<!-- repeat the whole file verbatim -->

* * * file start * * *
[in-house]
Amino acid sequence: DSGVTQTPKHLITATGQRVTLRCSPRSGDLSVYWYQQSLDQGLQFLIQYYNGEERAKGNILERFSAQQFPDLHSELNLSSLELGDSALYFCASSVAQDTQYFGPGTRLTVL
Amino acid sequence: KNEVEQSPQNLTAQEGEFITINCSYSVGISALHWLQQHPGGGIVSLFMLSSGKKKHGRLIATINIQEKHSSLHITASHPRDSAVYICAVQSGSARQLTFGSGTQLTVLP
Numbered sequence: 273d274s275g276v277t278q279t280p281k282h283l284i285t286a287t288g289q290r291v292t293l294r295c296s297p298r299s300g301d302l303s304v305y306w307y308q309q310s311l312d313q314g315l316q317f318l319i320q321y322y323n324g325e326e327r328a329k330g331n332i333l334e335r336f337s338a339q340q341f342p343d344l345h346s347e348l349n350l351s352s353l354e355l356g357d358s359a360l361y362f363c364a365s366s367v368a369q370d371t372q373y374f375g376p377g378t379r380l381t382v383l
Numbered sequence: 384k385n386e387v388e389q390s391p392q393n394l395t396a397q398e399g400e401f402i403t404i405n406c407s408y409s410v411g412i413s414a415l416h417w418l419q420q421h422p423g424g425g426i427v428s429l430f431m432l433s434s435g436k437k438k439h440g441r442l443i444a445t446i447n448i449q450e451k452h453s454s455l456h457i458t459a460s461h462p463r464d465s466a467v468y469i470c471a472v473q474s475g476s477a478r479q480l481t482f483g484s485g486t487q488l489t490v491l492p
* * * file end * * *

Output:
[in-house]
Amino acid sequence: DSGVTQTPKHLITATGQRVTLRCSPRSGDLSVYWYQQSLDQGLQFLIQYYNGEERAKGNILERFSAQQFPDLHSELNLSSLELGDSALYFCASSVAQDTQYFGPGTRLTVL
Amino acid sequence: KNEVEQSPQNLTAQEGEFITINCSYSVGISALHWLQQHPGGGIVSLFMLSSGKKKHGRLIATINIQEKHSSLHITASHPRDSAVYICAVQSGSARQLTFGSGTQLTVLP
Numbered sequence: 273d274s275g276v277t278q279t280p281k282h283l284i285t286a287t288g289q290r291v292t293l294r295c296s297p298r299s300g301d302l303s304v305y306w307y308q309q310s311l312d313q314g315l316q317f318l319i320q321y322y323n324g325e326e327r328a329k330g331n332i333l334e335r336f337s338a339q340q341f342p343d344l345h346s347e348l349n350l351s352s353l354e355l356g357d358s359a360l361y362f363c364a365s366s367v368a369q370d371t372q373y374f375g376p377g378t379r380l381t382v383l
Numbered sequence: 384k385n386e387v388e389q390s391p392q393n394l395t396a397q398e399g400e401f402i403t404i405n406c407s408y409s410v411g412i413s414a415l416h417w418l419q420q421h422p423g424g425g426i427v428s429l430f431m432l433s434s435g436k437k438k439h440g441r442l443i444a445t446i447n448i449q450e451k452h453s454s455l456h457i458t459a460s461h462p463r464d465s466a467v468y469i470c471a472v473q474s475g476s477a478r479q480l481t482f483g484s485g486t487q488l489t490v491l492p